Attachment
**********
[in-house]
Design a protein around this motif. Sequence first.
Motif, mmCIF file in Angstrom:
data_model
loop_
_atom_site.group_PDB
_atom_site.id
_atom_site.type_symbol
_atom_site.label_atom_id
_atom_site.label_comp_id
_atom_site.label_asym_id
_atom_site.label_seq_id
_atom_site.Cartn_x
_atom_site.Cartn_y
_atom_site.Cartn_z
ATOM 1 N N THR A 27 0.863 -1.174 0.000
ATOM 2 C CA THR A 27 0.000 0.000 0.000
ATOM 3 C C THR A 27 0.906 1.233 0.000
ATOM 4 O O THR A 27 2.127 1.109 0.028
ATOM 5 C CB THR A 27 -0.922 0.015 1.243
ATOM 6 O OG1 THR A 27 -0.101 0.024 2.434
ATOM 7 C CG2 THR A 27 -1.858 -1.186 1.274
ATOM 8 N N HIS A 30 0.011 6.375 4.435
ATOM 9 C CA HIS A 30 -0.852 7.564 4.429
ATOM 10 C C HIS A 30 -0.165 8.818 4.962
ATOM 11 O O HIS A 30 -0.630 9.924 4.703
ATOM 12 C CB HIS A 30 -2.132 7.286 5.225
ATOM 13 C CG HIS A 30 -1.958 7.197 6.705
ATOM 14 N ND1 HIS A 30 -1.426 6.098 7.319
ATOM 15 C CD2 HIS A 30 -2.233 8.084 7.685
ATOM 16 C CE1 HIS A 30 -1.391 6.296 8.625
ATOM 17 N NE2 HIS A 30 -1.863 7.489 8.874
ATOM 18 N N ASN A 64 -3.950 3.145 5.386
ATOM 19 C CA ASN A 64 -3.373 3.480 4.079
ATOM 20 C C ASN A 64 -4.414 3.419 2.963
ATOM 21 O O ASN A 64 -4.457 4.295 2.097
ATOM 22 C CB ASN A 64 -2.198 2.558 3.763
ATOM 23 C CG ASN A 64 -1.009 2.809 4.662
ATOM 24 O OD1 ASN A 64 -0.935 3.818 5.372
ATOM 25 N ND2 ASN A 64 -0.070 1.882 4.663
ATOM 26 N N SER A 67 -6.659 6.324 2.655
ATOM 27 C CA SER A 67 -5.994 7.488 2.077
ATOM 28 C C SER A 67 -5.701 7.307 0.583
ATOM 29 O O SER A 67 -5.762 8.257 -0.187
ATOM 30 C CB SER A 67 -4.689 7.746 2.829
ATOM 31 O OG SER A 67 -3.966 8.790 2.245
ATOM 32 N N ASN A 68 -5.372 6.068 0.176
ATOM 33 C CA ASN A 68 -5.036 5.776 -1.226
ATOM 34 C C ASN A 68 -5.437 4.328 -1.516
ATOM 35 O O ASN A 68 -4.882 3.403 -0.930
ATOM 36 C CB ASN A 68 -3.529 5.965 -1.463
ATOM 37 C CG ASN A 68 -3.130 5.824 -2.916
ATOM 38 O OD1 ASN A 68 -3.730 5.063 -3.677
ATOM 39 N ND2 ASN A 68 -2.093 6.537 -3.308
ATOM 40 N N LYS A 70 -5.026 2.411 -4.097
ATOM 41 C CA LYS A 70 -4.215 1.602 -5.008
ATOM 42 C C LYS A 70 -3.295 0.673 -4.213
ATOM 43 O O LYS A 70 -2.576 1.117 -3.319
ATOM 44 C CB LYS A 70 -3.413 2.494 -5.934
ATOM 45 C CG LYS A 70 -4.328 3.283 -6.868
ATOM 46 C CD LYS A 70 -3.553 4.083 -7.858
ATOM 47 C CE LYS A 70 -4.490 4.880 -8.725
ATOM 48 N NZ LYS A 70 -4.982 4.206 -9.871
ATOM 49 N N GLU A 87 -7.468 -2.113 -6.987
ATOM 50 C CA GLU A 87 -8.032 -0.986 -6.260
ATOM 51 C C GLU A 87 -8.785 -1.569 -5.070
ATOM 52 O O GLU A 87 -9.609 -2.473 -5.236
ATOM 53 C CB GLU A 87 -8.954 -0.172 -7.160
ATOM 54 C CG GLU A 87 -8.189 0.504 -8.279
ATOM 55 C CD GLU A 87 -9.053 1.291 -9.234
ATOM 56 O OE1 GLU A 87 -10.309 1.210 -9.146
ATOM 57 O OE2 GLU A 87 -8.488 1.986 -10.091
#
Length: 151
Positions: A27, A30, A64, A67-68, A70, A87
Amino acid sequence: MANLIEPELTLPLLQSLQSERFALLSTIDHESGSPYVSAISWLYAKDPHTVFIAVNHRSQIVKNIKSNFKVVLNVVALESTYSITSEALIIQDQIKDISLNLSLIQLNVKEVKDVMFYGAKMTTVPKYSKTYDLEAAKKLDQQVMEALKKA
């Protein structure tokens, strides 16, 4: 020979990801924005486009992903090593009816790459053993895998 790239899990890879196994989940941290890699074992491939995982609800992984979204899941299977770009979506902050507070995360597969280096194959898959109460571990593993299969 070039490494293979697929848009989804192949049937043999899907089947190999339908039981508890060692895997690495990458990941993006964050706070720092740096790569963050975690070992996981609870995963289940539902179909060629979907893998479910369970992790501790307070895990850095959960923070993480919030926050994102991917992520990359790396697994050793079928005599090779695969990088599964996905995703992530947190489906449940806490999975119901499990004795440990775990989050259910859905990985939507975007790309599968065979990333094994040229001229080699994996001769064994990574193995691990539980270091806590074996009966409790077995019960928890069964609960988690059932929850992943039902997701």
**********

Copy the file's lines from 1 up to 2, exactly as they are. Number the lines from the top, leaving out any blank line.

[in-house]
Design a protein around this motif. Sequence first.